A Young Immigrant Woman Searches For Self & Spirituality In The Afrofuturistic Short Film 'Ori Inu'

Filmmakers Chelsea and Emann Odufu share the stunning first trailer for their afrofuturistic coming-of-age drama 'Ori Inu.'

Ori Inu: In Search of Self is an afrofuturistic coming-of-age drama from the minds of Newark, New Jersey-based siblings Chelsea and Emann Odufu. Currently in post-production, the short film tells the story of a young immigrant woman (Natalia Diaz, played by Helen Beyene) who must choose between conforming her identity and spirituality to America's cultural norms or revisiting her roots in the Afro-Brazilian religion known as Candomblé.

"Natalia’s journey in search of self through spiritual and deep connections to her African ancestry is one that can be related to the journey of many African diasporic people," writes Chelsea Emann in her director's statement. "Many are choosing to connect with their spirituality through the practices of their ancestors and find it an empowering experience which creates a sense of connection with the past, which for many African diasporic people is very blurred due to the after effects of slavery."

Earlier this month, the Ori Inu team held a party and fundraiser at the Museum Of Contemporary African Diasporan Arts (MoCADA) in Brooklyn to celebrate the film's official trailer release with a night of live paintings, dancers, drummers, a panel discussion and a performance by the rising New York-based duo OSHUN (who feature in the film along with the iconic 'Afropean' sisters Les Nubians).

Following the event and trailer release, the film's producer, Emann Odufu, shared an update with Okayafrica:

"The Ori Inu Film team is still in the midst of its Kickstarter campaign and need your support to finish their film. The film tells the immigrant story in America from a perspective that is far too often forgotten and ignored, the perspective of the immigrant black woman. Further, it advocates for religious freedom and for a society that is open to non-conventional ideas on how one chooses to live his or her life. For years the film industry in the US has been a male dominated industry and films about black women created by black women have continually found it hard to get mainstream support. Further Ori Inu was created by our youth who came together to make a piece of art that empowers them and celebrates their love of their culture, ancestry, and identity. Ori Inu is a practice in self love and self exploration in a time when these messages are needed more than ever in the mainstream media. This is why it is crucial that Director Chelsy O's film Ori Inu: In Search Of Self is made. We are sure after you check out ther trailer that you will feel the same way. Please check out her kickstarter and support these young millenials in their quest to find themselves and make positive change in the world. They are depending on your financial support to finish to this amazing film."

Watch the film's first trailer below along with photos from the release party at MoCADA in Brooklyn. Keep up with Ori Inu on Facebook/Twitter/Instagram. For more, read Emann Odufu's op-ed on Afrofuturism & Spirituality in his film.

On Tuesday, September 22, filmmakers Chelsea and Emann Odufu will be speaking on the web series CWS Journeys - Conversations With Selwyn for an in-depth, hourlong interview on Ori Inu, black women in the film industry, "Black Spirituality Matters," afrofuturism in film and more. The show starts at 8:30pm EST.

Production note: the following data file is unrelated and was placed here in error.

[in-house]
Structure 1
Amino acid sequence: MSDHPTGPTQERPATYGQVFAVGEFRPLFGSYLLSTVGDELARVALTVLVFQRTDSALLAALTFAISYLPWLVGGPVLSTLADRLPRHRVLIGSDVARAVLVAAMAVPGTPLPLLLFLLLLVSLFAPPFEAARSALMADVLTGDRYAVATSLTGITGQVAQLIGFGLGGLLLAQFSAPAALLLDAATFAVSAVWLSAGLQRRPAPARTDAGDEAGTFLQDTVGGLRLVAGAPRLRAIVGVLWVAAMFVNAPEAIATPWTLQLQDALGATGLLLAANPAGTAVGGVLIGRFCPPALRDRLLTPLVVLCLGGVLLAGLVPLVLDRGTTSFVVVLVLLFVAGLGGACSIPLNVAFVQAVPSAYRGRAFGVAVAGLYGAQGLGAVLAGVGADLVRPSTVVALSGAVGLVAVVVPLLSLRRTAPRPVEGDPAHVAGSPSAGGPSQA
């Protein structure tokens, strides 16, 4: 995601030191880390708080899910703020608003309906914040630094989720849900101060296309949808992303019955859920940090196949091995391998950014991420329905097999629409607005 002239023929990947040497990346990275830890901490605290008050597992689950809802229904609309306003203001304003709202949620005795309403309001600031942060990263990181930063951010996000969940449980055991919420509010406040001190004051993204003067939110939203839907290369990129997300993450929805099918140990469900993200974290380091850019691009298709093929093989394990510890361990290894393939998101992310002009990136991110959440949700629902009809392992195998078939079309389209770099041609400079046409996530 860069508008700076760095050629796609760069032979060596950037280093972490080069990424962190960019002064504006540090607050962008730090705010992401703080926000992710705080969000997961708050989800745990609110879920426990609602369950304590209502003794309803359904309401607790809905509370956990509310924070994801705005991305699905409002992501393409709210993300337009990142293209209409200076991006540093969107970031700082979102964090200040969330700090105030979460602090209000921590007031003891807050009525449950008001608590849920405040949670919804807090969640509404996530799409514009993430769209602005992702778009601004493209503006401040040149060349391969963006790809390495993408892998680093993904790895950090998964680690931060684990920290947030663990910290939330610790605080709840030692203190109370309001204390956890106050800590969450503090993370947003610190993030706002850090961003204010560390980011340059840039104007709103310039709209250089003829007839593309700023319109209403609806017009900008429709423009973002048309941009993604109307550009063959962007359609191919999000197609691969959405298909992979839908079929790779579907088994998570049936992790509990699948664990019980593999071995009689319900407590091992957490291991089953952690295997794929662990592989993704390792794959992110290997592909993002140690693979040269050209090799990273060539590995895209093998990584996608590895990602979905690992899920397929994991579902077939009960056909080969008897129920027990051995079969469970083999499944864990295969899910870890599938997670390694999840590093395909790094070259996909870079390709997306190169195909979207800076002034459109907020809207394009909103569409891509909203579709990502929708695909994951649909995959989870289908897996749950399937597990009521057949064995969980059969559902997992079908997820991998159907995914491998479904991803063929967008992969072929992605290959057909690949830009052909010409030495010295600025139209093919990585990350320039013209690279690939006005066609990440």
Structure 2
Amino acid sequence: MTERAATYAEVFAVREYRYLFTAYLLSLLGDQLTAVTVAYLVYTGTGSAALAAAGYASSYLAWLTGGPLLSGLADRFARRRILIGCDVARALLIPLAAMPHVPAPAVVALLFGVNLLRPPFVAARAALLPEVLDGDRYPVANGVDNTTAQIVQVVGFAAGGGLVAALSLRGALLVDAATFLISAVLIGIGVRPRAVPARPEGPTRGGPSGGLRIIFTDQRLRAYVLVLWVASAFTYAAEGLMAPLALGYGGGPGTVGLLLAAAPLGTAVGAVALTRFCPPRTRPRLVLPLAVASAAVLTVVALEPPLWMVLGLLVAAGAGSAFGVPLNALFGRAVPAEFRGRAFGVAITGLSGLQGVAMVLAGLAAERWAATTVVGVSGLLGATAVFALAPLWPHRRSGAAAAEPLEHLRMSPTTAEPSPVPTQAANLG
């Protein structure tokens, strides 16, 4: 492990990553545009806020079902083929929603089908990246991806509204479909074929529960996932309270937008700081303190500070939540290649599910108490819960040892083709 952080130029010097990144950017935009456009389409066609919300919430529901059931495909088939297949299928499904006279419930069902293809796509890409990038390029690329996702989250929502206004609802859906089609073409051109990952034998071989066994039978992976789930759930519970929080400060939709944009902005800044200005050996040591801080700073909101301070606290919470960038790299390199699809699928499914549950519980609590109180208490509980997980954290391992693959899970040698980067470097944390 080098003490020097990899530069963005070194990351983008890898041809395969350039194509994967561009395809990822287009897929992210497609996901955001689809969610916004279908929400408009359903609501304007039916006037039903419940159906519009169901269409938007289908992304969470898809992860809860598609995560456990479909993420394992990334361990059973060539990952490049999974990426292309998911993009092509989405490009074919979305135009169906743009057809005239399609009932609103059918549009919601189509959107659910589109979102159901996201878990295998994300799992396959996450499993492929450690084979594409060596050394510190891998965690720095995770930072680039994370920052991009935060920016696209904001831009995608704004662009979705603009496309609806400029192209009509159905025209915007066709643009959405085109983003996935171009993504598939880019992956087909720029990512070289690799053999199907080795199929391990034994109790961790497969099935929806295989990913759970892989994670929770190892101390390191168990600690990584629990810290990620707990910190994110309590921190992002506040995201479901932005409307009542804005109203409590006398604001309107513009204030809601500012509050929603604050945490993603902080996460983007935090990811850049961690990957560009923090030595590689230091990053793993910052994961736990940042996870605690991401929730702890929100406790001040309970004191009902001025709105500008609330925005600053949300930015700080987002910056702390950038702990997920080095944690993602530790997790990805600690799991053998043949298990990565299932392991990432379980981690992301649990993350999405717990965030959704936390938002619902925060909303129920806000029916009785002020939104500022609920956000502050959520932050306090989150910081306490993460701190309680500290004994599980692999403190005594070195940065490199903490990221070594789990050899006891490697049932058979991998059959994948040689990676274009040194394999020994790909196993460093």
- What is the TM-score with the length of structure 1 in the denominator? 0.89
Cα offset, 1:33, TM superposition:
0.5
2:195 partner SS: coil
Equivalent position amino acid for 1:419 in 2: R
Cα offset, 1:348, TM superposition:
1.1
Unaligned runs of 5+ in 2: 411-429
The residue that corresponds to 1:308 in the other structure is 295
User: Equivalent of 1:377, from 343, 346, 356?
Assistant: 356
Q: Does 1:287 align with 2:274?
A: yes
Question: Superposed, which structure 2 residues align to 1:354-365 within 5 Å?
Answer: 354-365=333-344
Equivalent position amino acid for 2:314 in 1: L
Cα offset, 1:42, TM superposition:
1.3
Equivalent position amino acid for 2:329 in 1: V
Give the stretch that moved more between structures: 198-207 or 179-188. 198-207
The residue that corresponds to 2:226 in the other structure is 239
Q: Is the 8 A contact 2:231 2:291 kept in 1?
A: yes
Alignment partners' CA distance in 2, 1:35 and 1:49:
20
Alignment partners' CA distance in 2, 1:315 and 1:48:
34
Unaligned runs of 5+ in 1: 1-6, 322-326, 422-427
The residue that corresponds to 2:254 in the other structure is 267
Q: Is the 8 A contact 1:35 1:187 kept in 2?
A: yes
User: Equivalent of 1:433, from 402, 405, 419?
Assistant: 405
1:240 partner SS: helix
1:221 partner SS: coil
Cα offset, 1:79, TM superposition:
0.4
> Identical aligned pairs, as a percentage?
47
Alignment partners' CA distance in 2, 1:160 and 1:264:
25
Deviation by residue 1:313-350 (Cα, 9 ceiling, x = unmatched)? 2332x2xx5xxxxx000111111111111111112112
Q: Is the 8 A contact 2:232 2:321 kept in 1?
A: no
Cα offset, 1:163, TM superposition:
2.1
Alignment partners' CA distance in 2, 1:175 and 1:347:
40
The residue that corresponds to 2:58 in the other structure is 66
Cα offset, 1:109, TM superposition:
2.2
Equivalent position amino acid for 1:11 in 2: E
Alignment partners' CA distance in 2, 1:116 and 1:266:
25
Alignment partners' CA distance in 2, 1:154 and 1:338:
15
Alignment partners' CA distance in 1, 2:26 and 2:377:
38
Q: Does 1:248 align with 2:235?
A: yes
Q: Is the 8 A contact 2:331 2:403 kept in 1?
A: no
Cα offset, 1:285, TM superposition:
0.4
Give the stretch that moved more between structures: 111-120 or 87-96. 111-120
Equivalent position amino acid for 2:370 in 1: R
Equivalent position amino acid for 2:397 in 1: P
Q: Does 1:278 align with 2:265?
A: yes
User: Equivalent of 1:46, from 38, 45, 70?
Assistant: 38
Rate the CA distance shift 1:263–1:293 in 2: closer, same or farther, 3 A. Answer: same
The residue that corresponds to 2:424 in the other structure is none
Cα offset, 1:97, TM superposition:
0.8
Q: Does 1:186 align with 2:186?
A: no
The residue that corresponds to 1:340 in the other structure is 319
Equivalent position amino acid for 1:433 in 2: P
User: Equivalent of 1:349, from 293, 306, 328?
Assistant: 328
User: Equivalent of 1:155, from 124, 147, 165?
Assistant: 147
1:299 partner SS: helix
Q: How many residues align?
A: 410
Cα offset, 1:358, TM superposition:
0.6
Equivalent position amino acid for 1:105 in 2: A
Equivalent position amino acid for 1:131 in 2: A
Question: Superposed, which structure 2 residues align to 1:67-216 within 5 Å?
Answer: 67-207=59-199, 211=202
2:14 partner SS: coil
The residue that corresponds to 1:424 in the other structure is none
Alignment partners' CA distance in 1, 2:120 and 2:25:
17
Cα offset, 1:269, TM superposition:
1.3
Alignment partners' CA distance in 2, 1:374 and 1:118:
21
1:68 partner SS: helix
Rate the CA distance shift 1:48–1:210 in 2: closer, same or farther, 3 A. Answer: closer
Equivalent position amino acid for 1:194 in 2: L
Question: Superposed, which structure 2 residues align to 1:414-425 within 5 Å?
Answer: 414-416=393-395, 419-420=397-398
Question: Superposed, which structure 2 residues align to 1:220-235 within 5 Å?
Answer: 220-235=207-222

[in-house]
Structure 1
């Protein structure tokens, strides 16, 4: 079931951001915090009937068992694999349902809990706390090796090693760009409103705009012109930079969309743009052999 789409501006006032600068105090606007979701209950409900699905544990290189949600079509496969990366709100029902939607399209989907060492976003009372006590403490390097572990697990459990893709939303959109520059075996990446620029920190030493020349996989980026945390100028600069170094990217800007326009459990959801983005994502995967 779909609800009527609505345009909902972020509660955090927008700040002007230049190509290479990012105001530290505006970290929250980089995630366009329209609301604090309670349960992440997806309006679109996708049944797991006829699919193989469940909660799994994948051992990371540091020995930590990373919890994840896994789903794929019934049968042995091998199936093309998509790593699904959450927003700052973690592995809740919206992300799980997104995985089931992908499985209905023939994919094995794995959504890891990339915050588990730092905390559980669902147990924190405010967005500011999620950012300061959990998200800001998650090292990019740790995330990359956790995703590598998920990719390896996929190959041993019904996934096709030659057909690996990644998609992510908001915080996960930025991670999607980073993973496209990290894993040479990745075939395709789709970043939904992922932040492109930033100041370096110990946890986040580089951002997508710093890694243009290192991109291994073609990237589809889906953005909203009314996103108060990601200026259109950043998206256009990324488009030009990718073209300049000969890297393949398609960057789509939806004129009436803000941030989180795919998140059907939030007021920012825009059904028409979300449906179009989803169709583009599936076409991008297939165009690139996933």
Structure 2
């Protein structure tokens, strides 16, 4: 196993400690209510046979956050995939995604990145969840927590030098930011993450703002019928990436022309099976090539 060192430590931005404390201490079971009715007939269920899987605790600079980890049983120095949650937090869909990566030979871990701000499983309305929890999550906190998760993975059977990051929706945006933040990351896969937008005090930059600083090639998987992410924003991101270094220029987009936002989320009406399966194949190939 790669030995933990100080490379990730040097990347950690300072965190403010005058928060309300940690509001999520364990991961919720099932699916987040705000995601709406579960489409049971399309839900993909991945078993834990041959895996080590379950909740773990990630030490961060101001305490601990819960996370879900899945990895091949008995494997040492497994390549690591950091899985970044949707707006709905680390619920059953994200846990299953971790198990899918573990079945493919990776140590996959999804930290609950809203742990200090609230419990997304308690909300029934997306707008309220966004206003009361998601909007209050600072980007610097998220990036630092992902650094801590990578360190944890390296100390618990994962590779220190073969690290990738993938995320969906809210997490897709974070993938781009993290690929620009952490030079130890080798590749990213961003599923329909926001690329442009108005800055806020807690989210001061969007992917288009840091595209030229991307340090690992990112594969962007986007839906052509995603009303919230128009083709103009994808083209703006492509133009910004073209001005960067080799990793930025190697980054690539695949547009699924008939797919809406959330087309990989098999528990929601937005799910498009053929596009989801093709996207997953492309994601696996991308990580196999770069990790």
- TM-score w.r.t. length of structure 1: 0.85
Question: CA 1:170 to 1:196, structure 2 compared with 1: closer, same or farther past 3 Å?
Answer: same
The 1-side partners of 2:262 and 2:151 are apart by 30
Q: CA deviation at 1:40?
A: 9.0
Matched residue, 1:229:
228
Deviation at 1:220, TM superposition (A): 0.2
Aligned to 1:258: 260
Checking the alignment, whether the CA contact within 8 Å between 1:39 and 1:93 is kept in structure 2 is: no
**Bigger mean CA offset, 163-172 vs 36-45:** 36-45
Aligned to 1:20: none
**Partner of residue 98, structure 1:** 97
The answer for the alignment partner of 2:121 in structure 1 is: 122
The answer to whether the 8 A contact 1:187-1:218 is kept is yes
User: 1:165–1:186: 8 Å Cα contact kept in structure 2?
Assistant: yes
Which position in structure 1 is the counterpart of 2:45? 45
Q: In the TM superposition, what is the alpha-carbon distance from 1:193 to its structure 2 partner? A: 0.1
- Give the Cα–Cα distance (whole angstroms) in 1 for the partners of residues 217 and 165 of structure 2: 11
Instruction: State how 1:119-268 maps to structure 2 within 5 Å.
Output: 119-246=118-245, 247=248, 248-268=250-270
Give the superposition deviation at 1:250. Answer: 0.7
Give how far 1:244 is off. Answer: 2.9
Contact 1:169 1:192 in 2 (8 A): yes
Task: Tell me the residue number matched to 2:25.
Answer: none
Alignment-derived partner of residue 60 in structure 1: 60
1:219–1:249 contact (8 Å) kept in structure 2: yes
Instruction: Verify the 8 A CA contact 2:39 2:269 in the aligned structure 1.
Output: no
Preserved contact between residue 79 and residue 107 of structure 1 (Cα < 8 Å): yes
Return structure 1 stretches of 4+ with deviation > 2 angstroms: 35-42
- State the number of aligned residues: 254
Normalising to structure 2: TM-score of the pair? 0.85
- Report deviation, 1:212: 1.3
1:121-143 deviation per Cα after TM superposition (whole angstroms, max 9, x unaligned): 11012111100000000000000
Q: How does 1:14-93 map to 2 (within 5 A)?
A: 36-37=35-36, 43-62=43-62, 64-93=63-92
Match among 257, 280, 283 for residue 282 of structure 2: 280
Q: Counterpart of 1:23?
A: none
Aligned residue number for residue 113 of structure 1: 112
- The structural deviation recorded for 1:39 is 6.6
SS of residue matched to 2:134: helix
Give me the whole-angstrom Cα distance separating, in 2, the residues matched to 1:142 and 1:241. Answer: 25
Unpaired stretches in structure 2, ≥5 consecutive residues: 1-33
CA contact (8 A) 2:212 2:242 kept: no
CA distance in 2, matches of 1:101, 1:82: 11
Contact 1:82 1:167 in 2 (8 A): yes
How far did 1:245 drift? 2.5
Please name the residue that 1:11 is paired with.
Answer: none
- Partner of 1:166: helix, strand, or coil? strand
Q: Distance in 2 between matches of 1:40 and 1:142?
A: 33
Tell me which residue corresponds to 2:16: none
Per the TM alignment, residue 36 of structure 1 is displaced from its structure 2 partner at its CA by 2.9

For information on how to support 'Ori Inu: In Search of Self,' head to the film's kickstarter page.

Photos from the Ori Inu: In Search of Self trailer release party, September 12th at MoCADA in Brooklyn. All images courtesy of the filmmakers. Photos by Florby Dorme, RaeAnn Walters and Xavier Polk.


6 Samples From 'Éthiopiques' in Hip-Hop

A brief history of Ethio-jazz cultural exchange featuring songs by Nas & Damian Marley, K'naan, Madlib and more.

This article was originally published on OkayAfrica in March, 2017. We're republishing it here for our Crossroads series.

It's 2000 something. I'm holed up in my bedroom searching for samples to chop up on Fruity Loops. While deep into the free-market jungle of Amazon's suggested music section, I stumble across a compilation of Ethiopian music with faded pictures of nine guys jamming in white suit jackets. I press play on the 30 second sample.

My mind races with the opportunities these breakbeats offered a budding beat maker. Catchy organs, swinging horns, funky guitar riffs, soulful melodies and grainy and pained vocalists swoon over love lost and gained. Sung in my mother tongue—Amharic—this was a far cry from the corny synthesizer music of the 1990s that my parents played on Saturday mornings. I could actually sample this shit.

The next day, I burn a CD and pop it into my dad's car. His eyes light up when the first notes ooze out of the speakers. “Where did you get this?" He asks puzzlingly. “The internet," I respond smiling.

In the 1970s my dad was one of thousands of high school students in Addis Ababa protesting the monarchy. The protests eventually created instability which lead to a coup d'état. The monarchy was overthrown and a Marxist styled military junta composed of low ranking officers called the Derg came to power. The new regime subsequently banned music they deemed to be counter revolutionary. When the Derg came into power, Amha Eshete, a pioneering record producer and founder of Ahma Records, fled to the US and the master recordings of his label's tracks somehow ended up in a warehouse in Greece.

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